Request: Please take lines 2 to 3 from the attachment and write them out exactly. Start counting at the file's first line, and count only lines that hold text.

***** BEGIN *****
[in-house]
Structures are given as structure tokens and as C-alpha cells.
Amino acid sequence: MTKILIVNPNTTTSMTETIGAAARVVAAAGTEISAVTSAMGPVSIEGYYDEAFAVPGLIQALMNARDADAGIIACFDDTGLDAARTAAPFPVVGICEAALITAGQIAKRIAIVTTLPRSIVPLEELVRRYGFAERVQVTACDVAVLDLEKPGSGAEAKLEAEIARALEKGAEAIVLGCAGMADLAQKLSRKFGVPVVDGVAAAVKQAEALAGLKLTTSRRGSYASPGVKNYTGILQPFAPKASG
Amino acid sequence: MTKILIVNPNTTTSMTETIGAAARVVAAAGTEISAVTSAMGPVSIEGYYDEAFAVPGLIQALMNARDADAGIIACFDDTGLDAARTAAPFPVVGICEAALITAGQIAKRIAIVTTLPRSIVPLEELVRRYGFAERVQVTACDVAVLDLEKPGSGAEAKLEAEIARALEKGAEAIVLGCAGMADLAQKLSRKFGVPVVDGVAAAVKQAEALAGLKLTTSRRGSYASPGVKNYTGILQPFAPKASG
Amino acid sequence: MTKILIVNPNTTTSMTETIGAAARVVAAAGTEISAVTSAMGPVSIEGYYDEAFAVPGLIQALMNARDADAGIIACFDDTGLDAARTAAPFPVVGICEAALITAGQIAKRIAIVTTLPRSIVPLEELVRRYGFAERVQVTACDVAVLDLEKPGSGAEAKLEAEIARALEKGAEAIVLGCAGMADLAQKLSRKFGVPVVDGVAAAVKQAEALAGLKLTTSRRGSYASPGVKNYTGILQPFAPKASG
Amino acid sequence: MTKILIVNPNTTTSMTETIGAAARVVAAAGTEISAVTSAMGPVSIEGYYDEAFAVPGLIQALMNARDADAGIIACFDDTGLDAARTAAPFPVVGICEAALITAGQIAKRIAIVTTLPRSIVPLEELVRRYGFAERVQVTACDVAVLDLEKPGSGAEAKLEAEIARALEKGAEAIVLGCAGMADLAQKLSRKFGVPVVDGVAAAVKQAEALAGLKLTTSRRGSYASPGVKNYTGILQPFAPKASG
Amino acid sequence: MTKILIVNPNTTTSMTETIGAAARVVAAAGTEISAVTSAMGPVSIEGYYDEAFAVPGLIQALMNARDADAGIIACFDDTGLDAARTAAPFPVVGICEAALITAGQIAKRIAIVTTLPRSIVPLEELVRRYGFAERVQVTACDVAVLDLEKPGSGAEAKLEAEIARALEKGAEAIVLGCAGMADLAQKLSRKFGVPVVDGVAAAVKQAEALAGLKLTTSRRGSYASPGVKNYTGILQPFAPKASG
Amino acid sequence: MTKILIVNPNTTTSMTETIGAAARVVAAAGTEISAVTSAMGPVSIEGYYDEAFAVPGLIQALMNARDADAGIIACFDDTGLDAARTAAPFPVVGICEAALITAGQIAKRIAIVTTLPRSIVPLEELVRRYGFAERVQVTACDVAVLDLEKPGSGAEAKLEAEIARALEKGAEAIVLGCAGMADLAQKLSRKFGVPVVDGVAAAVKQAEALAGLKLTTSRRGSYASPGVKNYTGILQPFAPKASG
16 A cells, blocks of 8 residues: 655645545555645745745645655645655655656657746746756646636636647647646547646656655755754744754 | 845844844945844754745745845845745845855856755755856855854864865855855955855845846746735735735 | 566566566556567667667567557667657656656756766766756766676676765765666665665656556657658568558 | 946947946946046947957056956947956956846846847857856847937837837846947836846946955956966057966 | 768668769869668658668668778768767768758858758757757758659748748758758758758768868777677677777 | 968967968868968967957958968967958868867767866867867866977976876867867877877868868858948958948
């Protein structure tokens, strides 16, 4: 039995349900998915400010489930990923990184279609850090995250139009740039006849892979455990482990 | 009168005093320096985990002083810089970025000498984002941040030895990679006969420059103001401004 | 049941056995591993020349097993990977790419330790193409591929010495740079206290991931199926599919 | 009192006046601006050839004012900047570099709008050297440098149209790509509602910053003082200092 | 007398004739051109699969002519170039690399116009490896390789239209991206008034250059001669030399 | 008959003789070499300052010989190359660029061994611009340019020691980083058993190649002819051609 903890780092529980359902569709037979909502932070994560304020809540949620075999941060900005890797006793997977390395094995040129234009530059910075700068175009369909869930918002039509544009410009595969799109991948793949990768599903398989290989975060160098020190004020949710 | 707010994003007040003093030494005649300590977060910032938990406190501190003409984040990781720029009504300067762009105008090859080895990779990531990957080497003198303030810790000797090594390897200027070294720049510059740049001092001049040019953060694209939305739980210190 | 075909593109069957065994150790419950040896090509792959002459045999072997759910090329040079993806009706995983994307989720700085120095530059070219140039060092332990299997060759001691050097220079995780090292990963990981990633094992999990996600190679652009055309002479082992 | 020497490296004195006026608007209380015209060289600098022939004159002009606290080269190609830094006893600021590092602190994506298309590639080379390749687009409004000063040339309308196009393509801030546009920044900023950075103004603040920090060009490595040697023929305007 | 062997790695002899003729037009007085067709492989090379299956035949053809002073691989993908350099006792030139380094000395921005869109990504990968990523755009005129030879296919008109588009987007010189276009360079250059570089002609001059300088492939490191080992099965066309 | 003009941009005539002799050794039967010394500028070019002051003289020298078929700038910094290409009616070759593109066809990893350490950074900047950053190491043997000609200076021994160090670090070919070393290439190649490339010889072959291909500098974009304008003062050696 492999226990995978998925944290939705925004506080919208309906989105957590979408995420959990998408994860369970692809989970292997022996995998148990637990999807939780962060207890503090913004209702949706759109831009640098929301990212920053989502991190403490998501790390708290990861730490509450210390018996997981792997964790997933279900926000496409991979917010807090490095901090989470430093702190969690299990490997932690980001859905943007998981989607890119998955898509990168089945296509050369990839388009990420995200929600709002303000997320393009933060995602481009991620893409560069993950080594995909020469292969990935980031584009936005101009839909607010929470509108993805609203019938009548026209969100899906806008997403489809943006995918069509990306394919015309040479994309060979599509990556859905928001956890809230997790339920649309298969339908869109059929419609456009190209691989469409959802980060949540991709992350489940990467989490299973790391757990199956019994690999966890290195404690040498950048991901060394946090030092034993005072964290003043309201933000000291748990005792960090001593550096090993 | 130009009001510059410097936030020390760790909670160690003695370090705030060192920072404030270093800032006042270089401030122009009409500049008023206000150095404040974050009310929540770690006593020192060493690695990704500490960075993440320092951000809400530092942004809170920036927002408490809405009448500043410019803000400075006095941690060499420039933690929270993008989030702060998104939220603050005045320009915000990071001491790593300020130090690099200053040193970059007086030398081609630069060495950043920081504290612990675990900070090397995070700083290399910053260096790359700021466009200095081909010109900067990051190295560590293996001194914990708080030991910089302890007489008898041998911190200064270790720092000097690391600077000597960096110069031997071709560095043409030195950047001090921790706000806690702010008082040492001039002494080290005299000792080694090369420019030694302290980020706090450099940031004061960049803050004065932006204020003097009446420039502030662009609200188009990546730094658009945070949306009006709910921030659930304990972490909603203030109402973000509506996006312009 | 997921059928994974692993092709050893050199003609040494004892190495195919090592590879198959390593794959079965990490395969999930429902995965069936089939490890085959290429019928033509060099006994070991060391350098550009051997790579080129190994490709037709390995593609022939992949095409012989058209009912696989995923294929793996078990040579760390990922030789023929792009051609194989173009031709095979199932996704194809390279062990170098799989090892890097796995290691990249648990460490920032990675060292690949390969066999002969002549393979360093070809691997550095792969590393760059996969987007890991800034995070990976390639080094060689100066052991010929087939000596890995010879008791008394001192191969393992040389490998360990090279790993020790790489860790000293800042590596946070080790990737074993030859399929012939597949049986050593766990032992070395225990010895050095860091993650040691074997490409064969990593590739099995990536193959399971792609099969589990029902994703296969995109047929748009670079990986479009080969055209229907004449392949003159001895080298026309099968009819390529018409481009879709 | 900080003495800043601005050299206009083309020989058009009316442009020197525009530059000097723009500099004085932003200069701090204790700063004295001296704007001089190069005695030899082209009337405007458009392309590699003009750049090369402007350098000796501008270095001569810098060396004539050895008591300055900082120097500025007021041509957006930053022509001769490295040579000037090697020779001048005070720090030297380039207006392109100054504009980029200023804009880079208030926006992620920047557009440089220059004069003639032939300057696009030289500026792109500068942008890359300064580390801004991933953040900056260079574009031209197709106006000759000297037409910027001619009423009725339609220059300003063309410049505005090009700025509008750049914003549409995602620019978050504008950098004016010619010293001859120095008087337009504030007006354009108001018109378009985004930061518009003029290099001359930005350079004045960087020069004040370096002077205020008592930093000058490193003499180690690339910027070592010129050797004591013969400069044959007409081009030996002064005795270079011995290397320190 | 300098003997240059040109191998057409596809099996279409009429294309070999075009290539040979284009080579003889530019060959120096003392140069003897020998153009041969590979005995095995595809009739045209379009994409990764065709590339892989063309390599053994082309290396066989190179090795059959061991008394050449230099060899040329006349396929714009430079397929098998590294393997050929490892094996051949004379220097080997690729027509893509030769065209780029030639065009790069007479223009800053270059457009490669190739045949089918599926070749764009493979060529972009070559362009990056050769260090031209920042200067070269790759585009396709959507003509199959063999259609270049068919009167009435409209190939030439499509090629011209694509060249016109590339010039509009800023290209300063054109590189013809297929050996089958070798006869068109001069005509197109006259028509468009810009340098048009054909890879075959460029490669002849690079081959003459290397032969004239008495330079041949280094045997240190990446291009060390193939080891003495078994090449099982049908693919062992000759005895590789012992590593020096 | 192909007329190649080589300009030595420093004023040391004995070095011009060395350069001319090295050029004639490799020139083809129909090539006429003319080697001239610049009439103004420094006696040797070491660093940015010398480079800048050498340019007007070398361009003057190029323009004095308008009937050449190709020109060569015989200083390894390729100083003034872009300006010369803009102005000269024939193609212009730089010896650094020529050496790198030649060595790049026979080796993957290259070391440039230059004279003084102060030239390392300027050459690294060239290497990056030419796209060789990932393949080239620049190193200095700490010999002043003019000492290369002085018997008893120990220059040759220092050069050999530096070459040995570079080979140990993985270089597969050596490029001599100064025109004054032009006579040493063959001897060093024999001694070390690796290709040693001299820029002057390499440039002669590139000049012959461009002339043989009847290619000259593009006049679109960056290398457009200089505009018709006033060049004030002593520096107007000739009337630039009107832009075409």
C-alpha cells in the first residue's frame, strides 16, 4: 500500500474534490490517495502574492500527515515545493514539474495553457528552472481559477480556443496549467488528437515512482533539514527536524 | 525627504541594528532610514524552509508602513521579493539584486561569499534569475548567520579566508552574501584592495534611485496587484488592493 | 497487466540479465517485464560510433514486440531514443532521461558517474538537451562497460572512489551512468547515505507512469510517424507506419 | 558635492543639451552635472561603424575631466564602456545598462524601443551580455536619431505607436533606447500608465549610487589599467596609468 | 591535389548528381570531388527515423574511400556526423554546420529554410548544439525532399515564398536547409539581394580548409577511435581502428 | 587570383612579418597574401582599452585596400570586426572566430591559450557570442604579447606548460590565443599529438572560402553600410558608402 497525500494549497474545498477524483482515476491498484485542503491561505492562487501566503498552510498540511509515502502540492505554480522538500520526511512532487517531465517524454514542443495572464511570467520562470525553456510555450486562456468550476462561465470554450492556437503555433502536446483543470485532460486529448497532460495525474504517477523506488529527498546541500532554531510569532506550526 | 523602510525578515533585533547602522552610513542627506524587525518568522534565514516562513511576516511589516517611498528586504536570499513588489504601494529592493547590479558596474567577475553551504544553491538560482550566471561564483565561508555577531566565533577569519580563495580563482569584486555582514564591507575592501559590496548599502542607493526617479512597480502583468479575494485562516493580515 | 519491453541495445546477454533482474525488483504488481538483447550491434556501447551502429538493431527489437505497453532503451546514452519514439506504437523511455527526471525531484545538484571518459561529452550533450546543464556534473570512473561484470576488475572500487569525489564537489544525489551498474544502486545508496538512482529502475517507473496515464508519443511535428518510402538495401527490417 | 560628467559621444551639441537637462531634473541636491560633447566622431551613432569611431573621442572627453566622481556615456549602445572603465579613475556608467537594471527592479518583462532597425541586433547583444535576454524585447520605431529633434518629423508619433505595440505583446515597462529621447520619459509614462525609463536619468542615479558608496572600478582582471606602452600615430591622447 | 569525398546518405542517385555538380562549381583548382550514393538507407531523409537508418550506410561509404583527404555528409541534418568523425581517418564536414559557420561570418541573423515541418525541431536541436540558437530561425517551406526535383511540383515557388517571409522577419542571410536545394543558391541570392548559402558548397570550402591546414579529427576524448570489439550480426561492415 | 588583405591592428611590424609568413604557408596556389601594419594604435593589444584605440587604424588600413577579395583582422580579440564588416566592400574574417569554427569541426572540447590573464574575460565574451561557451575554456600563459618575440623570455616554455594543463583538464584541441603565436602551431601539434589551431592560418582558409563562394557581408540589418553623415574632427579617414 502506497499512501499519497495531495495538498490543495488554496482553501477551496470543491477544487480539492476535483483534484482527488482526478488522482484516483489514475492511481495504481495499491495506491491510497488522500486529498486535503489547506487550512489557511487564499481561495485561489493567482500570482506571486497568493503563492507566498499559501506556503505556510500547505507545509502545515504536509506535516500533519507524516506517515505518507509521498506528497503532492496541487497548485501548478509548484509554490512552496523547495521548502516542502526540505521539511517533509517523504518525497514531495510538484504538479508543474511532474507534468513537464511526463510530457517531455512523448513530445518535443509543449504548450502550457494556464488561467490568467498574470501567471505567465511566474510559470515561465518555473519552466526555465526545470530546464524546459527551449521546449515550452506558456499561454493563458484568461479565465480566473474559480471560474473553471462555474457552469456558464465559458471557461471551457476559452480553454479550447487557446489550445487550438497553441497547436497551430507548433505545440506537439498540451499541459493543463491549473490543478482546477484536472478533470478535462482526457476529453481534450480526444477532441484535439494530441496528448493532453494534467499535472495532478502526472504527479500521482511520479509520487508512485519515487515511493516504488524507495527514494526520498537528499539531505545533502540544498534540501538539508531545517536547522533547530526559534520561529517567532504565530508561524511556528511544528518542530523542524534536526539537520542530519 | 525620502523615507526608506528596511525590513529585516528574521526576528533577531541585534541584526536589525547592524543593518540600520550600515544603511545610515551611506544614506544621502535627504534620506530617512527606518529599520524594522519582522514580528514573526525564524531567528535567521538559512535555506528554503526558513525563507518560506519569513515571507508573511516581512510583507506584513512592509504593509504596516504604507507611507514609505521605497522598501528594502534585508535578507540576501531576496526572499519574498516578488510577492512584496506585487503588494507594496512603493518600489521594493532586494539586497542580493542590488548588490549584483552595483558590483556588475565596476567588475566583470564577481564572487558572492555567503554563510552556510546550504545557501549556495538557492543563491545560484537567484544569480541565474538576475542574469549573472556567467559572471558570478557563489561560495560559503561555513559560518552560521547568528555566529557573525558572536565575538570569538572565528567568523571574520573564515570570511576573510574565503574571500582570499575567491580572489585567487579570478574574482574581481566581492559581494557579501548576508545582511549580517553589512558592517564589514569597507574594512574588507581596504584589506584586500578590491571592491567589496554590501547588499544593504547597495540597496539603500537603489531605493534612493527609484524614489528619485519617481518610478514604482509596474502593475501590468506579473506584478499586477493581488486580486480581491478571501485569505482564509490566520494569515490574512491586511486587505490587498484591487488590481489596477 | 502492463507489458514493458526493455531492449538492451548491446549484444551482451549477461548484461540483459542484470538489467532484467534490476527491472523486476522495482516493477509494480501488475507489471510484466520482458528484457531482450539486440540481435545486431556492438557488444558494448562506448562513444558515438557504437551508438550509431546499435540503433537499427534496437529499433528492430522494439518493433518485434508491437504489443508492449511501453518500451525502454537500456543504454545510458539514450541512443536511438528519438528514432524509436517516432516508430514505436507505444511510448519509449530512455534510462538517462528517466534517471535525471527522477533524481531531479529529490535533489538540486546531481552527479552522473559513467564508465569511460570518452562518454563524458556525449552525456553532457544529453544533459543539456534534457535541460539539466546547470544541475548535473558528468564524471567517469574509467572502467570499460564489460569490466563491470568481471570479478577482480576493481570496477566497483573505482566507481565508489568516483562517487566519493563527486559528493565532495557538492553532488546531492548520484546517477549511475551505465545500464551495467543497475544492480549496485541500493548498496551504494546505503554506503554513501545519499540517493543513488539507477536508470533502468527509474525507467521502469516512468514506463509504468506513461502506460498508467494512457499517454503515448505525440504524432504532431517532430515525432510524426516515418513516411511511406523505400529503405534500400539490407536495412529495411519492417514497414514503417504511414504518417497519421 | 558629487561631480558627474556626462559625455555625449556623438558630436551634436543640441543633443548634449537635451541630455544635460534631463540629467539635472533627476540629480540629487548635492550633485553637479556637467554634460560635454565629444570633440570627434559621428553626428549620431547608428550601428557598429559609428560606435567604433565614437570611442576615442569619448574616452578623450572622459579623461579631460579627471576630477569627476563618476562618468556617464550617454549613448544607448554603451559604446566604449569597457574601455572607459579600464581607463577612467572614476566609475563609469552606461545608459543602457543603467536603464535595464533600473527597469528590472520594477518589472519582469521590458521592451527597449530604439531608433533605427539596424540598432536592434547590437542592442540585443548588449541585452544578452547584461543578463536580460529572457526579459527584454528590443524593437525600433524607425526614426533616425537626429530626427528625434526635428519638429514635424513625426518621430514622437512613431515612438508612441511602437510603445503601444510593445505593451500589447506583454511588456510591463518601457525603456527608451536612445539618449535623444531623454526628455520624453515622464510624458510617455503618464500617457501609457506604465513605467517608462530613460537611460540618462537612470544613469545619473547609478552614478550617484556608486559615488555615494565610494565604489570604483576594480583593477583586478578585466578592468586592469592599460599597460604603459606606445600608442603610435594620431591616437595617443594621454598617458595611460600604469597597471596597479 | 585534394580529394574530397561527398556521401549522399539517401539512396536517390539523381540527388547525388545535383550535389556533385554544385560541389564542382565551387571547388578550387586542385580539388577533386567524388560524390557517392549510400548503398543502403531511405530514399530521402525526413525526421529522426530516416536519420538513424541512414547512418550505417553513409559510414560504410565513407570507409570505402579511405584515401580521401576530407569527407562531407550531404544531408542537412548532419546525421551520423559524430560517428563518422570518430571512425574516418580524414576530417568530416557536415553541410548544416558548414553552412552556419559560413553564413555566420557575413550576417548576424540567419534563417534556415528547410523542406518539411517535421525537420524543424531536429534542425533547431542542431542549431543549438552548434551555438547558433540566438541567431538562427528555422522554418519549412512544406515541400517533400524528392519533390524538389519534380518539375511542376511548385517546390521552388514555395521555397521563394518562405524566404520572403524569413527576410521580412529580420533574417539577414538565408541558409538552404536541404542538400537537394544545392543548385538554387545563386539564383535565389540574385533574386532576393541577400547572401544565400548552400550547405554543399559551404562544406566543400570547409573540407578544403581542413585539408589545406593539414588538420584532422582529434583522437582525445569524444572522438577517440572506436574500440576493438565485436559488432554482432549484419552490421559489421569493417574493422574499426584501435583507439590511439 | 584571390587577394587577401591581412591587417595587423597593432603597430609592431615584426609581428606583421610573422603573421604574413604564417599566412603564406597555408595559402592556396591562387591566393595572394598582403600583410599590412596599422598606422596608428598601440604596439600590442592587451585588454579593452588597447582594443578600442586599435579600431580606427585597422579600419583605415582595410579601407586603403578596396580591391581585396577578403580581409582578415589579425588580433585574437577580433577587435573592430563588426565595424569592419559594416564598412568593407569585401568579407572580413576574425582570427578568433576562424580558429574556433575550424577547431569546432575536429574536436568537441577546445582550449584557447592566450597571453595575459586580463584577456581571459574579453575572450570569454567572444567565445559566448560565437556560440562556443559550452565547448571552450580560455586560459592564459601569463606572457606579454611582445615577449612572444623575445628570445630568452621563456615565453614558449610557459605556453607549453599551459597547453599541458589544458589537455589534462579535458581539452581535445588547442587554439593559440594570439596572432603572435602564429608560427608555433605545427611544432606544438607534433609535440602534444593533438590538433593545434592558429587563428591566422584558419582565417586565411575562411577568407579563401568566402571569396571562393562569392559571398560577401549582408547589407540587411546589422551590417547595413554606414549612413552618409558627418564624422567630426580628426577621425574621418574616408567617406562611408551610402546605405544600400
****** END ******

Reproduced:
Structures are given as structure tokens and as C-alpha cells.
Amino acid sequence: MTKILIVNPNTTTSMTETIGAAARVVAAAGTEISAVTSAMGPVSIEGYYDEAFAVPGLIQALMNARDADAGIIACFDDTGLDAARTAAPFPVVGICEAALITAGQIAKRIAIVTTLPRSIVPLEELVRRYGFAERVQVTACDVAVLDLEKPGSGAEAKLEAEIARALEKGAEAIVLGCAGMADLAQKLSRKFGVPVVDGVAAAVKQAEALAGLKLTTSRRGSYASPGVKNYTGILQPFAPKASG